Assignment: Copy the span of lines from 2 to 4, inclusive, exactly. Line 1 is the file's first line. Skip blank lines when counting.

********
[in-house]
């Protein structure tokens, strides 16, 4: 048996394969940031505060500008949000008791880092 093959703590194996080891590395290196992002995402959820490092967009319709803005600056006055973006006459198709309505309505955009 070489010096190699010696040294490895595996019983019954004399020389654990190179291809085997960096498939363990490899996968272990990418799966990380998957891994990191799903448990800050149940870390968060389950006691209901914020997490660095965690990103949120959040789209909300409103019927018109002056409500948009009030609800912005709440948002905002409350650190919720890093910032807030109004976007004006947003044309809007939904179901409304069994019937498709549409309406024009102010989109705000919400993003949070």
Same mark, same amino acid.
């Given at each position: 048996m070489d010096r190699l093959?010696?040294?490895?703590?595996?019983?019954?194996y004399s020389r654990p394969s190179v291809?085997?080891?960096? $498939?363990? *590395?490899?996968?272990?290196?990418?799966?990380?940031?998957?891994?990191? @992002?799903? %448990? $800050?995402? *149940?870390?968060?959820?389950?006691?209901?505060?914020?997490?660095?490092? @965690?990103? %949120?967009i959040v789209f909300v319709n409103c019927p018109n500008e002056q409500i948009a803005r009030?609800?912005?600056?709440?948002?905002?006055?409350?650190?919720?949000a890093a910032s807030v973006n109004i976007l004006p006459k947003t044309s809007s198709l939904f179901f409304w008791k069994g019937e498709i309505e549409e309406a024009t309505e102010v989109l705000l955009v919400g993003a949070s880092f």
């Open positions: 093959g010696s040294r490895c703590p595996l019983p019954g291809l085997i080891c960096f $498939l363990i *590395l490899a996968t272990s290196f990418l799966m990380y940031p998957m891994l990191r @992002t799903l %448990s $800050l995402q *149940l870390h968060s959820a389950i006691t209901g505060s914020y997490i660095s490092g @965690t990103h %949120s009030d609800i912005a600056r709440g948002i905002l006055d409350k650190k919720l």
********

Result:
């Protein structure tokens, strides 16, 4: 048996394969940031505060500008949000008791880092 093959703590194996080891590395290196992002995402959820490092967009319709803005600056006055973006006459198709309505309505955009 070489010096190699010696040294490895595996019983019954004399020389654990190179291809085997960096498939363990490899996968272990990418799966990380998957891994990191799903448990800050149940870390968060389950006691209901914020997490660095965690990103949120959040789209909300409103019927018109002056409500948009009030609800912005709440948002905002409350650190919720890093910032807030109004976007004006947003044309809007939904179901409304069994019937498709549409309406024009102010989109705000919400993003949070």
Same mark, same amino acid.
């Given at each position: 048996m070489d010096r190699l093959?010696?040294?490895?703590?595996?019983?019954?194996y004399s020389r654990p394969s190179v291809?085997?080891?960096? $498939?363990? *590395?490899?996968?272990?290196?990418?799966?990380?940031?998957?891994?990191? @992002?799903? %448990? $800050?995402? *149940?870390?968060?959820?389950?006691?209901?505060?914020?997490?660095?490092? @965690?990103? %949120?967009i959040v789209f909300v319709n409103c019927p018109n500008e002056q409500i948009a803005r009030?609800?912005?600056?709440?948002?905002?006055?409350?650190?919720?949000a890093a910032s807030v973006n109004i976007l004006p006459k947003t044309s809007s198709l939904f179901f409304w008791k069994g019937e498709i309505e549409e309406a024009t309505e102010v989109l705000l955009v919400g993003a949070s880092f």